- Find a place where youd like to mount the Power Module.
Its best not to have it directly exposed to radiated engine heat, and mounting it in
a zone with a little airflow when the bikes moving is a good idea. It doesnt
take much airflow dont worry about a big breeze. The self-adhesive Velcro may
be used to mount the Power Module, depending on where youd like it.
- Look at the 10-pin connector at the end of the wire harness.
On the connectors rear surface (where the wires enter), there are molded-in numbers
showing each wires position. Numbers 1 through 5 are in the first row (furthest away
from the molded "latch"), and 6 through 10 are in the second row. The wires in
each position are as follows (you only have to deal with the five heavy-gauge wires shown
in boldface type):
Position 1: Heavy-gauge red wire goes to
switched +12 volts
- Position 2: Light-gauge red wire goes to Pickup
- Position 3: Light-gauge black wire goes to Pickup
- Position 4: Light-gauge black wire goes to shield
Position 5: Heavy-gauge green wire goes to
- Position 6: Heavy-gauge yellow wire goes
to left-cylinder coil
- Position 7: Heavy-gauge green wire goes to
- Position 8: Light-gauge yellow wire goes to
- Position 9: Light-gauge blue wire goes to Pickup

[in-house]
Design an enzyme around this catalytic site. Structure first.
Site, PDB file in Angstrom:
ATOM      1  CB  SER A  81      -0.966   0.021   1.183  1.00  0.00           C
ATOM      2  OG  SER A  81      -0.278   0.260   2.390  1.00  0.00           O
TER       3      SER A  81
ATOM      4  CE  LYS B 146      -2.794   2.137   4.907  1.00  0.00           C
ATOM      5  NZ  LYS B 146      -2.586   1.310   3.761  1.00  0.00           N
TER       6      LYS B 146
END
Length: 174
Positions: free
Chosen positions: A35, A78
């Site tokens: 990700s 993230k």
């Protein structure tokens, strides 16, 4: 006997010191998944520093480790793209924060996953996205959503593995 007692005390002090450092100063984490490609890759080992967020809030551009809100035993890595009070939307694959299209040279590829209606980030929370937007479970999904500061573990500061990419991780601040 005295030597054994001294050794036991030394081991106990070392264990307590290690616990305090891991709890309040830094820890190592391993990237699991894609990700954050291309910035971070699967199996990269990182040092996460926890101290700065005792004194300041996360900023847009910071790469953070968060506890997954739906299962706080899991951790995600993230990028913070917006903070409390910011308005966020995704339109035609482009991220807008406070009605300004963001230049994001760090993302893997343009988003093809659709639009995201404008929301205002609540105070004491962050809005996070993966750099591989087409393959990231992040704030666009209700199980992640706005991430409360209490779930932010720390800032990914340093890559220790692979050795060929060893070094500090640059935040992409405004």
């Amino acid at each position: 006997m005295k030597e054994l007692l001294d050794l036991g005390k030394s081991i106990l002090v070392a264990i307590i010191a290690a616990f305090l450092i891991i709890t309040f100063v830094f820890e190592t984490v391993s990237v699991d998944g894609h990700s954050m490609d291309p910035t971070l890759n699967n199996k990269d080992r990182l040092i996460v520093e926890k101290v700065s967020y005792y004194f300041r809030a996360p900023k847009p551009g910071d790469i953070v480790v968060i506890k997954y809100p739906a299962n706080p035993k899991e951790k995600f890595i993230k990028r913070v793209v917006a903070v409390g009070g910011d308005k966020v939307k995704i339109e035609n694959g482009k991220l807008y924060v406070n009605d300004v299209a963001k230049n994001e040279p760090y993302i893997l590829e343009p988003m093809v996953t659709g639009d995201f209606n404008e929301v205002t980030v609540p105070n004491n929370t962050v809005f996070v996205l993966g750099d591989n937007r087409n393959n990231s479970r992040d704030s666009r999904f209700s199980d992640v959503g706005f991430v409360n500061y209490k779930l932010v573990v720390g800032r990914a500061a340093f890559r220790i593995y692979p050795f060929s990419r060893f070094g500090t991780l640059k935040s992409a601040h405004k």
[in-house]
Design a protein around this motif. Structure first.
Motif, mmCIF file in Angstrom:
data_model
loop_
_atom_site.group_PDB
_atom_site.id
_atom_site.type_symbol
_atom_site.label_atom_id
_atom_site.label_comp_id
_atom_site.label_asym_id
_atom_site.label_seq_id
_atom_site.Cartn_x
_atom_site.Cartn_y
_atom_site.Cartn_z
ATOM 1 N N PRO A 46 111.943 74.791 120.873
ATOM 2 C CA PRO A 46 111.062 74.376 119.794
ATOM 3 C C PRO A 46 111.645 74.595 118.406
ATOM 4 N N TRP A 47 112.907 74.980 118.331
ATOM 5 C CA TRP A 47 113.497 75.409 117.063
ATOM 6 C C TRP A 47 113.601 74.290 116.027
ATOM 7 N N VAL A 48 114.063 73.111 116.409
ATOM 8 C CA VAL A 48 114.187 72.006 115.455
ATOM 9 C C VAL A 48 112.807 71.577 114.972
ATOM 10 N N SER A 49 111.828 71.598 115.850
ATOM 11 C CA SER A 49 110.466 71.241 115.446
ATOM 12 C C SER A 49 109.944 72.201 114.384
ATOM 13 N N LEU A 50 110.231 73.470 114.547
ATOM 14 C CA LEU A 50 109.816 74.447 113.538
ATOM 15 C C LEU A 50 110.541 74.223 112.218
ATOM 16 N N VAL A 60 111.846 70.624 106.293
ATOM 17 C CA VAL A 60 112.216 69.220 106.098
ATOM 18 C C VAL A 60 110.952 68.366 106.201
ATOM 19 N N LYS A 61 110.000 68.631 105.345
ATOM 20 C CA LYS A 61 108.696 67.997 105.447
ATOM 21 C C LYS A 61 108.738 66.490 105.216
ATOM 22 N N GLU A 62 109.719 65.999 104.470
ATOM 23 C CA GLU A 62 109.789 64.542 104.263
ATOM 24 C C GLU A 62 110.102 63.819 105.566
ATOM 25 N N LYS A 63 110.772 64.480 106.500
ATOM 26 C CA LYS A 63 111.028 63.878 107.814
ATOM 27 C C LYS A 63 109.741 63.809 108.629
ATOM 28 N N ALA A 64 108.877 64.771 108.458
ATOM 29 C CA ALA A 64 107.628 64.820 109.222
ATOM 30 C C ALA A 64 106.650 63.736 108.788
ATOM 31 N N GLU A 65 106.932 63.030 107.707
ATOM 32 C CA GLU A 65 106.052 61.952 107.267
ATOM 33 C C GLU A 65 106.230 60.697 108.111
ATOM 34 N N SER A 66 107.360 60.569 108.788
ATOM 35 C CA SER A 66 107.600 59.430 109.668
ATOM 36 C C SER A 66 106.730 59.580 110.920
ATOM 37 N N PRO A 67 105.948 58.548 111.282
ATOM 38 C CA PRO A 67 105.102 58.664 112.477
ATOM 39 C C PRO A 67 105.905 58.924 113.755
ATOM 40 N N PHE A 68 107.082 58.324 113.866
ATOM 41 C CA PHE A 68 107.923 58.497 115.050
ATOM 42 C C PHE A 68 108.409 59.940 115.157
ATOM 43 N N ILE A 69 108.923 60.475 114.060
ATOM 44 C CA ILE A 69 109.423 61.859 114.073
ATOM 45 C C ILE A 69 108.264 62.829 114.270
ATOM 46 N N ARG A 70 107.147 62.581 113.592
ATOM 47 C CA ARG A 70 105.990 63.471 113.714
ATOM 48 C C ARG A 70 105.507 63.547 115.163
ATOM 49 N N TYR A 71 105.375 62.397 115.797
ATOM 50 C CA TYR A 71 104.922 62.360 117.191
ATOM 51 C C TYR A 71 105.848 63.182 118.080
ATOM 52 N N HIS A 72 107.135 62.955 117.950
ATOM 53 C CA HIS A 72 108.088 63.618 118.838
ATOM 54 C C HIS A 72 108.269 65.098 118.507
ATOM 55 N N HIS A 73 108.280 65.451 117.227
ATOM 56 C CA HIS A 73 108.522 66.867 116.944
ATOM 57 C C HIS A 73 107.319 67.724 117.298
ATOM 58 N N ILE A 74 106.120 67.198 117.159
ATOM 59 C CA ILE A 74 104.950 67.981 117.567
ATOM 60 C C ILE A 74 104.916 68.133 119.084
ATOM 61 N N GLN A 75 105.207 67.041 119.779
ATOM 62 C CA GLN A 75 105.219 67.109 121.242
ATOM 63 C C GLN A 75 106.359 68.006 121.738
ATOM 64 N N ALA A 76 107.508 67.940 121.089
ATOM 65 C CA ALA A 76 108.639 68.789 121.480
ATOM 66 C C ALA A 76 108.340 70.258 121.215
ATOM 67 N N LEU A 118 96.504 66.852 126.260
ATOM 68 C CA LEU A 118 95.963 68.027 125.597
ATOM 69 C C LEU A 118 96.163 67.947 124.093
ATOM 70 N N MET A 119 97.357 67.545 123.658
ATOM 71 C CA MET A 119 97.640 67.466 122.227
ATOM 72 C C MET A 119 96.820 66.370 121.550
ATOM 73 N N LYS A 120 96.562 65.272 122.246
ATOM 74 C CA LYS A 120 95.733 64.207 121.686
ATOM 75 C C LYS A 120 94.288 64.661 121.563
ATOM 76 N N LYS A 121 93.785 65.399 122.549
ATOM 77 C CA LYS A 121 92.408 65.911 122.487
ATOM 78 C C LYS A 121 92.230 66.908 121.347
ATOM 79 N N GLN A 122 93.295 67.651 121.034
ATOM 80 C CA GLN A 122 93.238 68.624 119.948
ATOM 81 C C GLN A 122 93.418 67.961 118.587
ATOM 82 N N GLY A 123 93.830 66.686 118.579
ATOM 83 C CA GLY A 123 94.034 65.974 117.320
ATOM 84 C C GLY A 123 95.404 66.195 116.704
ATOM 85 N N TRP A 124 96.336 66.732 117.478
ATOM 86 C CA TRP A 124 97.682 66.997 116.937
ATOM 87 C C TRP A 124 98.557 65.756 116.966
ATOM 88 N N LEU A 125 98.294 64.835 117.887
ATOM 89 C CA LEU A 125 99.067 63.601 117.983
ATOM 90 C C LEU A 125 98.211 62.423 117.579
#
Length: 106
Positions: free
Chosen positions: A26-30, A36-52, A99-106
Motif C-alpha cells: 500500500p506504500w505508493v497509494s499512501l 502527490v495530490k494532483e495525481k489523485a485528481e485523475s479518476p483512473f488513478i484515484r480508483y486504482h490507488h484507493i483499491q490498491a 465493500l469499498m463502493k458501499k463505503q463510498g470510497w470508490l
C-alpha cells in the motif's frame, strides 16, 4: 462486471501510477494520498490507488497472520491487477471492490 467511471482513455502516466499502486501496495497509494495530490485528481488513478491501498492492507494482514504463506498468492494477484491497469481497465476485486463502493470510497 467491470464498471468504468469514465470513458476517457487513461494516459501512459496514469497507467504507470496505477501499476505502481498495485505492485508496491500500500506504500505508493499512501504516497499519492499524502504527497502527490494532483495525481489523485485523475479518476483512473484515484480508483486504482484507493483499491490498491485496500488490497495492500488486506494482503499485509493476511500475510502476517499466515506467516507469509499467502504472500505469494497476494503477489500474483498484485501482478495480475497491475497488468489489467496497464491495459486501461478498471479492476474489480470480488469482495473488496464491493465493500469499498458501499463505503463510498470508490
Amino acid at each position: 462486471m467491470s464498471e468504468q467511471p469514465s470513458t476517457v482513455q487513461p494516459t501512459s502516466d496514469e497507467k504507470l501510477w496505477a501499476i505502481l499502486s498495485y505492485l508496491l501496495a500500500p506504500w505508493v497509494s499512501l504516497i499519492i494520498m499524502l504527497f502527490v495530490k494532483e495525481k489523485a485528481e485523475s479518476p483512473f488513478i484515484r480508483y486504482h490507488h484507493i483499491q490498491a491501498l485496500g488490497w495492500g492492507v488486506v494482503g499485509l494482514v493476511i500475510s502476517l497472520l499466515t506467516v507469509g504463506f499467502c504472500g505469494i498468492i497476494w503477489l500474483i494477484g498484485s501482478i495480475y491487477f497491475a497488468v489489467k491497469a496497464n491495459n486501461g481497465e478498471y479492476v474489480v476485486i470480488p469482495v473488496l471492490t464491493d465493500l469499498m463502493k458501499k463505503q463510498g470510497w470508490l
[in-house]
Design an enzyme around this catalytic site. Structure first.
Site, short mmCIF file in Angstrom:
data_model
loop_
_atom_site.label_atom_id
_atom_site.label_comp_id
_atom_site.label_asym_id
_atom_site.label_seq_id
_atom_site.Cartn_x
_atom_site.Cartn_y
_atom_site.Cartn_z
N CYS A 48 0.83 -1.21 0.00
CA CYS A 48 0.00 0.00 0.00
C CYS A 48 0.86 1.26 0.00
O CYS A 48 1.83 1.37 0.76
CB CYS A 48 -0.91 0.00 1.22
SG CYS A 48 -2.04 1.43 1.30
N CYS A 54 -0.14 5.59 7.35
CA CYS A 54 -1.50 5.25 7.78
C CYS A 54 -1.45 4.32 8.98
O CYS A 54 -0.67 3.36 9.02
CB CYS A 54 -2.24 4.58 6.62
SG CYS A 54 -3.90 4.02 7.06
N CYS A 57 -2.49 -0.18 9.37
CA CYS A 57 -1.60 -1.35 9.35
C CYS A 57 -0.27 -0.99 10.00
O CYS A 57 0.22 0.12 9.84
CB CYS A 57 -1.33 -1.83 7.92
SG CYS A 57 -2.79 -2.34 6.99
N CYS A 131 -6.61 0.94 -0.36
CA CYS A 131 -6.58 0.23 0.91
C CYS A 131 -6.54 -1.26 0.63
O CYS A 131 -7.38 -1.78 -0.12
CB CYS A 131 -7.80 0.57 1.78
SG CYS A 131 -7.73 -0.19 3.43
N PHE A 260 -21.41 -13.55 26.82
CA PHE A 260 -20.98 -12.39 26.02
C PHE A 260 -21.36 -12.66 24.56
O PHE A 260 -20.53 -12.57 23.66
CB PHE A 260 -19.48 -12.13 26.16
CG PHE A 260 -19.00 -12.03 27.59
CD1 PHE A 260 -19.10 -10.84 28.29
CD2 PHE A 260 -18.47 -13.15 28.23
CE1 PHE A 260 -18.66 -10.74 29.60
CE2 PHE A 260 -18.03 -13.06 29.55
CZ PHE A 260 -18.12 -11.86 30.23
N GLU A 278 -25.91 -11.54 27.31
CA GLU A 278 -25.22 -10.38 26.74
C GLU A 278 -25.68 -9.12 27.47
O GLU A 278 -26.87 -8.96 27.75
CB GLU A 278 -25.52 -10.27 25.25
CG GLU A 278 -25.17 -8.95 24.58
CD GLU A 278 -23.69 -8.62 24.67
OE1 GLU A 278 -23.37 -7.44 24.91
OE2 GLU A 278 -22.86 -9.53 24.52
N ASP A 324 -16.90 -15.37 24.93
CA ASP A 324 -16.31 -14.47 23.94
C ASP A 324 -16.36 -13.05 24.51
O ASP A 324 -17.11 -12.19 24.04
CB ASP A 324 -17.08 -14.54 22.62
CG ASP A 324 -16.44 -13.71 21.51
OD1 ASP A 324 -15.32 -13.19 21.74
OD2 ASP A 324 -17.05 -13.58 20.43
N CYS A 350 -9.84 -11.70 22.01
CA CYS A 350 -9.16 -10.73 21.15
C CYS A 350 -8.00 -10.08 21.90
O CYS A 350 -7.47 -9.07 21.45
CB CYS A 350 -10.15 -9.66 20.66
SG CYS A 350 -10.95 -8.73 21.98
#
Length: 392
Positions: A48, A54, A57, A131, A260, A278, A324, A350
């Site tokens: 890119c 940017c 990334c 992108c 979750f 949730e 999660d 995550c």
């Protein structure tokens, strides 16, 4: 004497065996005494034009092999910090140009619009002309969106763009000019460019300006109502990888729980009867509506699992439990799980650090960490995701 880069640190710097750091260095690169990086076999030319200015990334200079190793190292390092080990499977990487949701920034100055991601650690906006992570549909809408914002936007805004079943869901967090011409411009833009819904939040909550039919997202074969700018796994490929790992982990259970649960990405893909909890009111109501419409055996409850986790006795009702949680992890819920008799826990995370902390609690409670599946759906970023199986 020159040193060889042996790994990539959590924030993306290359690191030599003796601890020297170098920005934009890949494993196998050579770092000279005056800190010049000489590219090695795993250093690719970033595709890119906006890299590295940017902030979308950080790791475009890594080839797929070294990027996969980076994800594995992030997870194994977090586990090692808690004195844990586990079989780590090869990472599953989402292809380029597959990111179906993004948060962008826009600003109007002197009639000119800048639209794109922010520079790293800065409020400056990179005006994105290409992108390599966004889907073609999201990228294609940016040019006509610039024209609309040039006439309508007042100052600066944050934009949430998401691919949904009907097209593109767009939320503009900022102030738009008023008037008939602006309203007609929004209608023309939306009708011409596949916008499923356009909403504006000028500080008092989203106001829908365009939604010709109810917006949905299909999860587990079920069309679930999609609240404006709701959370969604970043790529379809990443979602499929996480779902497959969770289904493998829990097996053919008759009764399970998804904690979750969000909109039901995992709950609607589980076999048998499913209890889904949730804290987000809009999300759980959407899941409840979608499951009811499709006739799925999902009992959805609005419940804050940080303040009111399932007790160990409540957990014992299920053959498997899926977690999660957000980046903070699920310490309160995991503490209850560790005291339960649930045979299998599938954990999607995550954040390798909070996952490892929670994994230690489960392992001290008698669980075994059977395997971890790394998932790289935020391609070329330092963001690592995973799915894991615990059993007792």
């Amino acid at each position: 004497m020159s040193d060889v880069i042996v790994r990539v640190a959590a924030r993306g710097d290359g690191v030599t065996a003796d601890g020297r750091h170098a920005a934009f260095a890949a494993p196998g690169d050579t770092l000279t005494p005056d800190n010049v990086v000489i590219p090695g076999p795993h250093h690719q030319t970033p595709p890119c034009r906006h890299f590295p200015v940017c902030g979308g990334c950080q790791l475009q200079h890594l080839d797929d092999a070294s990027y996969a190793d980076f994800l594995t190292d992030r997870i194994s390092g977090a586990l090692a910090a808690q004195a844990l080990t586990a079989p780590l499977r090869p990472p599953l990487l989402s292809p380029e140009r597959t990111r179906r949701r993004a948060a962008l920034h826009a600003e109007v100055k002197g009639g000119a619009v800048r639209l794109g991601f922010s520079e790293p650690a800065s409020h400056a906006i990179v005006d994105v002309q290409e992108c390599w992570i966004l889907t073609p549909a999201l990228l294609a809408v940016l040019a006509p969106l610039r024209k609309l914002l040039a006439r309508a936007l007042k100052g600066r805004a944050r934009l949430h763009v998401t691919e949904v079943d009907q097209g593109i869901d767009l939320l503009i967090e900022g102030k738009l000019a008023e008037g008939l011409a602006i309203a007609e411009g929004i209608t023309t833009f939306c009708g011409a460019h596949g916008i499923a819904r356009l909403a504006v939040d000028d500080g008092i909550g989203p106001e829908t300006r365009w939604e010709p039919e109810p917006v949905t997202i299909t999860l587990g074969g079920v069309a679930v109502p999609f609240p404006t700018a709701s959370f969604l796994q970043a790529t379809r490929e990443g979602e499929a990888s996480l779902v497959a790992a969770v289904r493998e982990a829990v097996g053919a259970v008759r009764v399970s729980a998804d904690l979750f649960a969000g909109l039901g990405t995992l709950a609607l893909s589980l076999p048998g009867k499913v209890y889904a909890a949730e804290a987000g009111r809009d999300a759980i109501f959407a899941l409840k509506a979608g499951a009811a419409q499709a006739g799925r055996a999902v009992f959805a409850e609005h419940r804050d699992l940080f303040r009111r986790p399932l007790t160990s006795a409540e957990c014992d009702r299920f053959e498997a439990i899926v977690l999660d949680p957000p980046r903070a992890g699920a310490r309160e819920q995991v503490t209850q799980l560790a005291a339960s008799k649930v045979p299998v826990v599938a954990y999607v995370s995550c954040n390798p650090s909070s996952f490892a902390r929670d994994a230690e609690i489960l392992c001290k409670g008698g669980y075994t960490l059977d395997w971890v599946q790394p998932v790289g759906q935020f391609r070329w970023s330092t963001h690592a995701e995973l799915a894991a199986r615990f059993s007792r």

Position 10:Heavy-gauge blue wire goes to
- Wire routing try to route the five heavy wires
away from the bundle of light-gauge wires that goes to the Pickup Plate. Also, try to keep
everything away from the high-voltage ignition wires to the spark plugs, especially if
youre using the original wire-core, non-suppression sparkplug wires and plug caps.
- The two heavy-gauge green wires (connector positions 5 and 7)
go to a good chassis ground. All the usual notes apply regarding the ground being free of
paint and being clean, bright metal.
- The heavy-gauge red wire (connector position 1) goes to a
switched source of +12 volts from the battery. You can pick this up from the wire
supplying +12 volts to the ignition coils.
- The heavy-gauge yellow wire (connector position 6) goes to the
left-hand ignition coil (for the #1 cylinder, on the "shifter" side of the
bike), in place of the wire that formerly went to one set of points.
- The heavy-gauge blue wire (connector position 10) goes to the
right-hand ignition coil (for the #2 cylinder, on the "kickstart" side of the
bike), in place of the wire that formerly went to the other set of points.
- Plug the connector into the Power Module. Its keyed, so
it only goes one way, but it will be obvious the notch in the cover of the Power
Module is to clear the latch of the connector. Make sure the connector is seated fully
the latch will engage when its fully home.
- Shake the tube of medium-strength (blue) Loctite or equivalent
thread-locking compound for a minute to mix it up.
- Smear a couple of drops of thread-locking compound around the
cylindrical part of the points cam (opposite the index mark stamped on the end of cam).
Also smear a drop of thread-locking compound directly on the end of the points cam.